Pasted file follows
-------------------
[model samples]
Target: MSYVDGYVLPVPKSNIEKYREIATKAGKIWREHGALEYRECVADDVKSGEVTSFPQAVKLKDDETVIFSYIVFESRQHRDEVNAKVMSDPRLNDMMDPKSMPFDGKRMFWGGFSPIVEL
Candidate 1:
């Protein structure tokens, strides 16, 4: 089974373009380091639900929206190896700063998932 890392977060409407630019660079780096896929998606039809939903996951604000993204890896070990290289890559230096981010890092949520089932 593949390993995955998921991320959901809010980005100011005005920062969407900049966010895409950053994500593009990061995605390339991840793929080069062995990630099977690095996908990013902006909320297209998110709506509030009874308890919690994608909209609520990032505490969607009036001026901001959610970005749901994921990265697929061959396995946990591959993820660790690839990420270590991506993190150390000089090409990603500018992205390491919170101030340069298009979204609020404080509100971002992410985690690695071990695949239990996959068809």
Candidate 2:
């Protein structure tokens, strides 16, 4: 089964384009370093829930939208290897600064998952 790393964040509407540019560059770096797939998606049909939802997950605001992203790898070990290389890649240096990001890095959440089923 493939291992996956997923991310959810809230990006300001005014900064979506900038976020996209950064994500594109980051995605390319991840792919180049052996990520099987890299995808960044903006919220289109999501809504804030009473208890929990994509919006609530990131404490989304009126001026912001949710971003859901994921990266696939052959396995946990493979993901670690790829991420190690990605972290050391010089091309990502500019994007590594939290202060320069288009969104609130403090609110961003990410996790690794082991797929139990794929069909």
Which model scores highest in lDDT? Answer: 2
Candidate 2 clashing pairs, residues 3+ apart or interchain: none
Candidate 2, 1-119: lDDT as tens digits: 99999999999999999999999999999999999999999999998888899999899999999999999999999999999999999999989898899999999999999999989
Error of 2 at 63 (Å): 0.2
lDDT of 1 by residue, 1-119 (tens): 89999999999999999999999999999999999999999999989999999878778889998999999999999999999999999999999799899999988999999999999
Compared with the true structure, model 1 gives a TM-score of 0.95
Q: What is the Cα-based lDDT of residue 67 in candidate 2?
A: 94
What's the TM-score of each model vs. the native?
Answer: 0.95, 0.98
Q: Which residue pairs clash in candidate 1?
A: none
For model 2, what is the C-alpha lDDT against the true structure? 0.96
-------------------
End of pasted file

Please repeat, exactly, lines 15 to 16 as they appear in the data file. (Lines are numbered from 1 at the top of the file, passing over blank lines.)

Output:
What's the TM-score of each model vs. the native?
Answer: 0.95, 0.98